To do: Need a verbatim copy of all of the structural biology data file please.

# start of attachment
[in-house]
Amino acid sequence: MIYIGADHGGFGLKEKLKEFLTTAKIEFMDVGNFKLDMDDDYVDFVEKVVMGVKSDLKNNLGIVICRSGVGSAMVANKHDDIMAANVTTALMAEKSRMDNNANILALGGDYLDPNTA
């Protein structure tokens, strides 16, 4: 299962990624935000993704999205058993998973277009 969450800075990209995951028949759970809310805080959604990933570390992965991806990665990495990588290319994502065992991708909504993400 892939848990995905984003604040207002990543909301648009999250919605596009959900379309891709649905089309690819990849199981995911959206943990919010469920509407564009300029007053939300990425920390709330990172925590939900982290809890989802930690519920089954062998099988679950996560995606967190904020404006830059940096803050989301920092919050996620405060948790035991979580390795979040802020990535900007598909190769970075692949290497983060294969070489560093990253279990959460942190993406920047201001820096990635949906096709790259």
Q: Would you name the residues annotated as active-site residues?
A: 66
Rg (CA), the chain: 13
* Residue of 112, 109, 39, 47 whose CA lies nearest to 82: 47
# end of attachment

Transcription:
[in-house]
Amino acid sequence: MIYIGADHGGFGLKEKLKEFLTTAKIEFMDVGNFKLDMDDDYVDFVEKVVMGVKSDLKNNLGIVICRSGVGSAMVANKHDDIMAANVTTALMAEKSRMDNNANILALGGDYLDPNTA
């Protein structure tokens, strides 16, 4: 299962990624935000993704999205058993998973277009 969450800075990209995951028949759970809310805080959604990933570390992965991806990665990495990588290319994502065992991708909504993400 892939848990995905984003604040207002990543909301648009999250919605596009959900379309891709649905089309690819990849199981995911959206943990919010469920509407564009300029007053939300990425920390709330990172925590939900982290809890989802930690519920089954062998099988679950996560995606967190904020404006830059940096803050989301920092919050996620405060948790035991979580390795979040802020990535900007598909190769970075692949290497983060294969070489560093990253279990959460942190993406920047201001820096990635949906096709790259």
Q: Would you name the residues annotated as active-site residues?
A: 66
Rg (CA), the chain: 13
* Residue of 112, 109, 39, 47 whose CA lies nearest to 82: 47